With the recent uptick of tragic home fires and continued cold weather across the state, Indiana State Fire Marshal Jim Greeson urges Hoosiers to keep safety in mind while using alternative heating sources or cooking.
“Home fires occur more often in winter than any other season, and alternative heating sources are one of the leading causes of home fires and fire-related deaths each year,” said Greeson. “Fires caused by alternative heating equipment account for 19 percent of home fire deaths in the United States.”
Hoosiers are encouraged to avoid using space heaters and other alternative heating if possible. Here are some other alternative heat safety tips to follow while cold weather continues in Indiana.
- Keep at least a three-foot perimeter around space heaters at all times.
- Space heaters should be kept away from loose or flammable objects such as clothing, curtains, bedding and furniture.
- Only one space heater should be plugged into each electrical outlet. Never overload electrical outlets.
- Do not leave space heaters on in unoccupied rooms.
- If it is necessary to purchase a space heater, consider purchasing one with a built-in tilt sensor that automatically shuts off if tipped over.
- Refuel kerosene space heaters outside the home in a well-ventilated area. Be sure to let them cool down first if they were recently used.
- Appliances such as ovens should never be used for heating. Doing so can lead to carbon monoxide poisoning.
- Fireplaces should be regularly cleaned and inspected by a certified professional. Gas fireplaces should have proper ventilation, with a working carbon monoxide detector nearby.
- Use only dry, seasoned firewood to prevent build-up of creosote, which can prevent the chimney from venting properly.
- Do not close the damper too early with hot ashes in the fireplace. Doing so can force dangerous levels of carbon monoxide into the home.
- Avoid using flammable liquid to start fires in fireplaces or wood stoves. Always have a fire extinguisher on hand in the event the fire gets out of control.
Remember, fires should always be extinguished and any alternative heating sources turned off before going to bed or leaving the home.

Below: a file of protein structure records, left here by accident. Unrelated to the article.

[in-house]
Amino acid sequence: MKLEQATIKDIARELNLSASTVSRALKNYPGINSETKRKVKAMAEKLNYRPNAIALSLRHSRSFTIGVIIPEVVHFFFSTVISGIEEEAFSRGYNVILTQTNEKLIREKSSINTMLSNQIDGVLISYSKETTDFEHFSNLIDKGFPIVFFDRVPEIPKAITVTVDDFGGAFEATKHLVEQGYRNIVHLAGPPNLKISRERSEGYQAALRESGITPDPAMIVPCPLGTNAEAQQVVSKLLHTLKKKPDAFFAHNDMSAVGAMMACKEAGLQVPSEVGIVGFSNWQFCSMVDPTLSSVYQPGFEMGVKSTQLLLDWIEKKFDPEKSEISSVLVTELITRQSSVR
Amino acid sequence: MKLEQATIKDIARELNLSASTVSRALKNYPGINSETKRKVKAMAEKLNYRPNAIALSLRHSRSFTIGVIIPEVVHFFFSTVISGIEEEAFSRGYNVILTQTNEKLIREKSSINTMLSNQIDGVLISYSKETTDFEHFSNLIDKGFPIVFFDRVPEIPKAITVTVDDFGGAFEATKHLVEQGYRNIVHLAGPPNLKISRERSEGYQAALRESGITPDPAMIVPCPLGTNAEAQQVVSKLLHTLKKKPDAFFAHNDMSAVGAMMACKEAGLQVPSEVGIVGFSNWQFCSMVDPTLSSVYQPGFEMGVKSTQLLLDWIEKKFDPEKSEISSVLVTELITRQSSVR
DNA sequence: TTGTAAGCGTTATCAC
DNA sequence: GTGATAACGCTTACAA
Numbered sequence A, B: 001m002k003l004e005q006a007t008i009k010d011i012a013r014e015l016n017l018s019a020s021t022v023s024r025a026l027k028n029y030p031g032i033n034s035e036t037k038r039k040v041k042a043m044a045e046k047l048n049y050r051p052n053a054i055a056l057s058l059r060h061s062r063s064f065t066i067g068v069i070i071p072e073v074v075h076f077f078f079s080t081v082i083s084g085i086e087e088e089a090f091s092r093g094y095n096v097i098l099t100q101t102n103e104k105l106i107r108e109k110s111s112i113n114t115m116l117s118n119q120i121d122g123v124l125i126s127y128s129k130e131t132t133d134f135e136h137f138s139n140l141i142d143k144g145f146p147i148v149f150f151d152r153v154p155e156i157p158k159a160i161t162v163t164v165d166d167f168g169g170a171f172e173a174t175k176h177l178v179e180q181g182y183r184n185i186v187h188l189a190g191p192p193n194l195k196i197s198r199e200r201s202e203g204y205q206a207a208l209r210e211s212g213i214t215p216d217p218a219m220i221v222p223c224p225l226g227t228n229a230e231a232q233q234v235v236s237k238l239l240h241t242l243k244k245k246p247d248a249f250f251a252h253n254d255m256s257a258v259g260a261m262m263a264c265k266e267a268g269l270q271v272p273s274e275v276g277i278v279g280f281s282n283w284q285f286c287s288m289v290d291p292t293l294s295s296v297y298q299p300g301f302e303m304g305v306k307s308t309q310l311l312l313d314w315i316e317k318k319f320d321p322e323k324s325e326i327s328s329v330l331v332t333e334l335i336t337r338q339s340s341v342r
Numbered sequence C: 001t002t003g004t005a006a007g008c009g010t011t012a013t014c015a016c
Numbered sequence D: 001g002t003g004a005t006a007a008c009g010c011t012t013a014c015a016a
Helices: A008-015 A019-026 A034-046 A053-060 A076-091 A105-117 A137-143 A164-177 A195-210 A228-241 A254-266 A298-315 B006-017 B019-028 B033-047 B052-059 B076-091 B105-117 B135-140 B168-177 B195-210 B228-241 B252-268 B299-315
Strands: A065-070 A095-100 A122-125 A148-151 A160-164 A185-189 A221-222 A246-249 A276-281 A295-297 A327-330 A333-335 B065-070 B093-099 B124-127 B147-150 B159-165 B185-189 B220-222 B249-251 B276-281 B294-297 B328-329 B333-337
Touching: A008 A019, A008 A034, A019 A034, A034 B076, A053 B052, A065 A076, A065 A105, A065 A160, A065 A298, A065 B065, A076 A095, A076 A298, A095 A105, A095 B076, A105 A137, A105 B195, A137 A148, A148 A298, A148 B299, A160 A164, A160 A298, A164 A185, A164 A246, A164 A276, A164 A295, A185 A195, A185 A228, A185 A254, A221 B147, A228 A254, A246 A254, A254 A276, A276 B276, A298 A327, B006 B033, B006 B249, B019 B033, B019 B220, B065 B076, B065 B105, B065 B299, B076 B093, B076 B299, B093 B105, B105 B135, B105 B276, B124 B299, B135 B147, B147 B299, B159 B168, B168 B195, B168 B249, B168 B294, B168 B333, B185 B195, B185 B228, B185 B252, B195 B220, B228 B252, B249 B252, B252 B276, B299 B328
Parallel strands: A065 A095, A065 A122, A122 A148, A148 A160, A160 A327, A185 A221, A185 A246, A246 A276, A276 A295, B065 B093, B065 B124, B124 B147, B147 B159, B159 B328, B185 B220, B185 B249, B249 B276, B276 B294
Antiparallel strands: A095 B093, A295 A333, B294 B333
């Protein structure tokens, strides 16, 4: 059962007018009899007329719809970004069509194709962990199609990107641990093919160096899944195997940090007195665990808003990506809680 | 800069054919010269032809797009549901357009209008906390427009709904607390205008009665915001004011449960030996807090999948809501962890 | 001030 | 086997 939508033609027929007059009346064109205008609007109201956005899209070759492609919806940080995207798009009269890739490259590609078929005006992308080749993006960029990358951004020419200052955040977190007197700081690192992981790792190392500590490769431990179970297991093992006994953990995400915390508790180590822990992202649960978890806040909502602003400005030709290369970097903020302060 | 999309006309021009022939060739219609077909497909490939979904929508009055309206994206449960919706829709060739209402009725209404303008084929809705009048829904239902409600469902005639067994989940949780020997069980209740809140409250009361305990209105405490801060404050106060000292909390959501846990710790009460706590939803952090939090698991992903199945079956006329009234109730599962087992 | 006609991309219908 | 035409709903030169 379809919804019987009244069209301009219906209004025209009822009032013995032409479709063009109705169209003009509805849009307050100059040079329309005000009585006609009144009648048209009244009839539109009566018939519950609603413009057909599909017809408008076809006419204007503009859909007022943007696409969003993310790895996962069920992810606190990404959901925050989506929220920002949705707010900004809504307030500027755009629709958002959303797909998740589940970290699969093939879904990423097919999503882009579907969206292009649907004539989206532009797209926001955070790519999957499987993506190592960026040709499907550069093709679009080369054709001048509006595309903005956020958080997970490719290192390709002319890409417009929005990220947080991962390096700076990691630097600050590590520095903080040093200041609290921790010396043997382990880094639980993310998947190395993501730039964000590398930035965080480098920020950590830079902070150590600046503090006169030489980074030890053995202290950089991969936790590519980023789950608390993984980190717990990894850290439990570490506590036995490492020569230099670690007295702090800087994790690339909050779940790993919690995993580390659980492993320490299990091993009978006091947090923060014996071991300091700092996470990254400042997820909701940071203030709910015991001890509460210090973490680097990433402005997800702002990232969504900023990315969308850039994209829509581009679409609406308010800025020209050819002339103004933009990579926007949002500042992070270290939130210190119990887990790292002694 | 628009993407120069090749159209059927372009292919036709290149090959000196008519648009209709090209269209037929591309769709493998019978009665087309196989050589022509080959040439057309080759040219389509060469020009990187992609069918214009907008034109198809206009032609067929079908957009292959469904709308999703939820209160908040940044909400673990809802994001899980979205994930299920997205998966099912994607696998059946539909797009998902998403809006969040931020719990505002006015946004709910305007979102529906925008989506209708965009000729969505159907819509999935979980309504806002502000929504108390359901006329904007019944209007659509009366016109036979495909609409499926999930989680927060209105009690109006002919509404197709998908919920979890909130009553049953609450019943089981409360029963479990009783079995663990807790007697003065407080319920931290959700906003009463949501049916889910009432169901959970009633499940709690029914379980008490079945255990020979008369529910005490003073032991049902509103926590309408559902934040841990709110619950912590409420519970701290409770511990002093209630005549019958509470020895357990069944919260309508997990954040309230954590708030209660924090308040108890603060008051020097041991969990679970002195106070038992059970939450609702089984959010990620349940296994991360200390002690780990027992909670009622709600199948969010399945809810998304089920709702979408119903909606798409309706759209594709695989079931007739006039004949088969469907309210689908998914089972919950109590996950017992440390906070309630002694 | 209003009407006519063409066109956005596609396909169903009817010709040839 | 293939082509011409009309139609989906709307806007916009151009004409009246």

Cooking and cooking equipment are another major cause of home fires. It is estimated that U.S. fire departments respond to more than 150,000 home fires caused by cooking equipment each year.
- Stay in the kitchen while cooking food. If there is a need to leave the kitchen even for a short time, turn off the stove.
- Regularly check food that is cooking and use a timer to avoid forgetting items.
- Keep any flammable objects such as oven mitts, utensils, food packages and towels away from the stovetop.
- Use the stove’s back burners whenever possible. Keep children and pets at least three feet away from the stove.
- Clean food and grease from burners and stovetops, and be sure that the oven is clean and free from residue.
More than half of non-fatal home cooking fire injuries occur when residents try to fight the fire themselves. Below are tips for addressing kitchen fires.
- Keep an all-purpose fire extinguisher nearby. Never use water to extinguish a grease fire.
- Keep a lid nearby when cooking to smother small grease fires. Smother the fire by sliding the lid over the pan and turn off the stovetop. Leave the pan covered until it is completely cooled.
- In the event of an oven fire, turn off the heat and keep the door closed.
- If the fire is too large to address safely, evacuate the home and call 911